The Ten Thousand Places Podcast

How Did the French Lead Us to Vatican II?

February 20, 2023 OSV Podcasts
The Ten Thousand Places Podcast
How Did the French Lead Us to Vatican II?
Show Notes

This episode has a lot of French words and names in it!  After listening, impress your friends with your newfound mastery of terms like “Ressourcement” and “Nouvelle théologie.”  Accurately invoke names like de Lubac and Garrigou-Lagrange, and people will immediately defer to your pronouncements about the French origins of Vatican II.  #AllMyHistoryIsFromTheGodfatherMovies

Definitions for terms and references in this episode:

6:18 historicism (as a heresy): The heresy that the Bible only has a historical meaning, not a spiritual or theological meaning, and that modern historical methods are the only way to truly understand the meaning of the Scriptures, with the result that many of the Church’s positions on Scripture are flawed or false, or at least not an accurate interpretation of the Scriptures. More formally called “modernism.”

8:34 Lefebvrists:  A common term for members and followers of the Society of Saint Pius X. The term refers to Archbishop Marcel Lefebvre, a Frenchman, who opposed many of the teachings of Vatican II. He was excommunicated in 1988 for ordaining four bishops without approval of the Pope, which is a violation of Church law. The Society of Saint Pius X is known for its exclusive celebration and promotion of the Mass of the Council of Trent. They maintain an irregular status in church law. 

8:48 Code of 1917:  The first code of church law. Prior to this code, the Church's law had not been compiled in one place/text. The code was recollected and reissued by Pope John Paul II in 1983. 

8:54 Syllabus of errors:  A list of philosophical and political heresies published by Pope Pius IX in 1864. The list did not include explanations, but did refer to other magisterial documents. The Syllabus became a symbol for the Church's negative stance toward the modern world. 

12:41 Descartes and the turn to the subject:  In the classical worldview, truth is found in the objectivity of the world (physical and metaphysical, natural and supernatural) - by turning beyond oneself. In the epistemological systems of the Enlightenment and postmodernism, truth is found by turning inward, to subjective experience. For example, in the Cogito ergo sum (as interpreted by many), the first statement is about me, then (may) lead to the totality of existence, rather than the other way around. Basically, placing more explanatory weight of the experience of the subject, rather than the reality of the objective world.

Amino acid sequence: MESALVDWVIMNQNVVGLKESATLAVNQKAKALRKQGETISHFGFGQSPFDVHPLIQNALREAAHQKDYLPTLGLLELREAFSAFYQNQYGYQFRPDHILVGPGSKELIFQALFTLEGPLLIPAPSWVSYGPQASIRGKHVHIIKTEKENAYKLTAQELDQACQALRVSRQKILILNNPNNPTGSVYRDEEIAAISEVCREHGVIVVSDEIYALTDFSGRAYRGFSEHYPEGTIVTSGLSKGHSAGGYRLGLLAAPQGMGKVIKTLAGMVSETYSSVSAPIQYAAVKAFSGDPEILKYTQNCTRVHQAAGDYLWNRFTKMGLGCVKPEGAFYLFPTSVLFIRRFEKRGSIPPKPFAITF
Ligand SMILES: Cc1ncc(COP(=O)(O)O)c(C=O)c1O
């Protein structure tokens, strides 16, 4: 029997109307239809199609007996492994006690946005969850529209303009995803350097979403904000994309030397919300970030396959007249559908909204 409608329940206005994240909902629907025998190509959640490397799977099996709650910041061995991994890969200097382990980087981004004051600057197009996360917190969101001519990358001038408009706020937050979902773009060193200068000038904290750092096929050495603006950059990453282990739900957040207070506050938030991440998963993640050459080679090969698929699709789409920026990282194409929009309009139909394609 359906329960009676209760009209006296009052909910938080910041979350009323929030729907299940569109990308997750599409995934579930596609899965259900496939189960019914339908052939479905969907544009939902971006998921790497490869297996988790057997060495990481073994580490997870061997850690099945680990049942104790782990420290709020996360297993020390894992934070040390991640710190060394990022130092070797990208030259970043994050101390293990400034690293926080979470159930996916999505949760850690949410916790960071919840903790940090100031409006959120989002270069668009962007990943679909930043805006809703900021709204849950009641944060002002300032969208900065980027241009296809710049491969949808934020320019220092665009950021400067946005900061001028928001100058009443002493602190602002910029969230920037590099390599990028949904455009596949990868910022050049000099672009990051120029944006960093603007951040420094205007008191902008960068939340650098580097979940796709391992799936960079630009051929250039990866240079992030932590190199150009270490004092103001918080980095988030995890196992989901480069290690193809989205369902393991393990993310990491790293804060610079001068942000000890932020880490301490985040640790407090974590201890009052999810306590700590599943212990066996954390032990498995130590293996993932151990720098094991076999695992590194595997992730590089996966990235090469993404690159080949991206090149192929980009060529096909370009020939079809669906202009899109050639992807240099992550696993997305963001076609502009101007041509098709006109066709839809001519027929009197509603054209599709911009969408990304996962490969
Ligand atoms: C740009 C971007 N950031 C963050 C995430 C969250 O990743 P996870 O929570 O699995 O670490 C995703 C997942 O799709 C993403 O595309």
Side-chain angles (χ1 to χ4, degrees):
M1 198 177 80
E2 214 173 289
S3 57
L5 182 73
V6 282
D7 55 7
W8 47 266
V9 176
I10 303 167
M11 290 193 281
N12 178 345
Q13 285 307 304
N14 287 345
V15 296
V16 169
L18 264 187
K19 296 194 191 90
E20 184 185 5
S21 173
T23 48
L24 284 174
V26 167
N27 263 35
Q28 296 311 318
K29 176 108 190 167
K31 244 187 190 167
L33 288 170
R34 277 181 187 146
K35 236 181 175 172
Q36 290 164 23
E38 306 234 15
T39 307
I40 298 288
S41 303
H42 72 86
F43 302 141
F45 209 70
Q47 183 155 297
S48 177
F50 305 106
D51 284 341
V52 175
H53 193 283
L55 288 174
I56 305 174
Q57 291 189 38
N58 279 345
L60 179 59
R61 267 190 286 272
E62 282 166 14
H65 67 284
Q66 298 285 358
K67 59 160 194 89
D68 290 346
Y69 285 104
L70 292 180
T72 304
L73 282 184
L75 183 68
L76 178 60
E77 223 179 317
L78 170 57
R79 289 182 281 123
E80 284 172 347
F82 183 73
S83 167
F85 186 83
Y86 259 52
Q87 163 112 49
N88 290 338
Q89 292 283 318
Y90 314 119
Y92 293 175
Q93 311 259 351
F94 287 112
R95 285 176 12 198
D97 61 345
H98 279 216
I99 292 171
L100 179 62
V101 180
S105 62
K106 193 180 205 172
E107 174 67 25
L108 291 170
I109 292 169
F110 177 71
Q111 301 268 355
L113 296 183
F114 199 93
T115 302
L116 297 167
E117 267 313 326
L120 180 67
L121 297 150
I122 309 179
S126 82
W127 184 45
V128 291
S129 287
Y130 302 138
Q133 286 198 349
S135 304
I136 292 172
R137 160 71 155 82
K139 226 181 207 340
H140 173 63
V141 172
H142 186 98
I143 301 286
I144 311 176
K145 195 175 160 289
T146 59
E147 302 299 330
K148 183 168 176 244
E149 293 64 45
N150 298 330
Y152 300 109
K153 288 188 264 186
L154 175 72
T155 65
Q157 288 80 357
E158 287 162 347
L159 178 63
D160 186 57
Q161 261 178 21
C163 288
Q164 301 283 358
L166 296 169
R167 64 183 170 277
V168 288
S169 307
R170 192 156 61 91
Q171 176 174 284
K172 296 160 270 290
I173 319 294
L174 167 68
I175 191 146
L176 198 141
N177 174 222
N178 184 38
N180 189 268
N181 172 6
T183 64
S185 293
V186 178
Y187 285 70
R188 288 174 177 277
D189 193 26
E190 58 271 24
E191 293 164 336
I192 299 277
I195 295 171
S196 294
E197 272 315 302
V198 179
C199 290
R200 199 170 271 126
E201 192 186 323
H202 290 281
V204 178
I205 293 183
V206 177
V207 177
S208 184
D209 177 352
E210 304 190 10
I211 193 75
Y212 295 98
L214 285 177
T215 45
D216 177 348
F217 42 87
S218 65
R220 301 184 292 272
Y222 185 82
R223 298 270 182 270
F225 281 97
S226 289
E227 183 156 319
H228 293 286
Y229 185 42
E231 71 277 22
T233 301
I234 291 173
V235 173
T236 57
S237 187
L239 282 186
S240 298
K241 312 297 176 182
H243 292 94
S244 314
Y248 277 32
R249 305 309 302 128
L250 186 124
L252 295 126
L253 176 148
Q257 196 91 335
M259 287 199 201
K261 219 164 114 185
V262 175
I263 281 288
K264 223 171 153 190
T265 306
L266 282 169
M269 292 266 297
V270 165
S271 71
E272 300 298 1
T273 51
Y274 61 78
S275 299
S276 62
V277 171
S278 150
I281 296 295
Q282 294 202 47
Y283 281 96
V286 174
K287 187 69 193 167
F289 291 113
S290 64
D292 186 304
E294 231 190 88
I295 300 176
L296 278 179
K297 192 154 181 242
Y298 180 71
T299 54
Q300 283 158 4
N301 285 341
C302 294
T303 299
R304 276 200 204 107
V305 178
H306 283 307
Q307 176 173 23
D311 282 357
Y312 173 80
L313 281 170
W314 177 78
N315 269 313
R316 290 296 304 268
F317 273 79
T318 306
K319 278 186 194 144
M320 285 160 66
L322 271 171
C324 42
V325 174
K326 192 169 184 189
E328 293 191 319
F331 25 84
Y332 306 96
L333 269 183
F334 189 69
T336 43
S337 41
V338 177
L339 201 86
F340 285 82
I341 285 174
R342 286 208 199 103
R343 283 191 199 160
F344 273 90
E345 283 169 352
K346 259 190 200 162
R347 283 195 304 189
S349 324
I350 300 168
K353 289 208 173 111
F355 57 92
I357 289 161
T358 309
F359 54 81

12:55 phenomenology's a very subjective philosophy:  Phenomenology has a number of meanings, applications, and contexts, but as a general mode of inquiry, it seeks to understand the phenomenon of consciousness, and how the various phenomena of subjective experience leads to our understanding of the structure of reality. Thus, in dealing with consciousness and acts of consciousness, it pertains heavily to the subjective experience. However, it is not subjectivist necessarily, as it sees such phenomena as objective in reference (real), and as expressions of the conscious being, i.e. persons.

13:08 JPII's personalism:  There are various ways of being “personalist;” JPII  specifically - with great debt to the phenomenology of Max Scheler and Edith Stein - defines the person (not the abstract concept of personhood, but the person) a the fundamental category of existence. JPII is not the first to say this, it is in the tradition (e.g. Richard of St. Victor, Bonaventure, Scotus), but his makes great use of phenomenology and the experience of the subject, which is not necessarily in the previous traditions. If memory serves, personalism as a term was in part applied to give a name to JPII’s style of thought.

15:24 Ratzinger:  The given last name of the future Pope Benedict XVI. Pope Benedict

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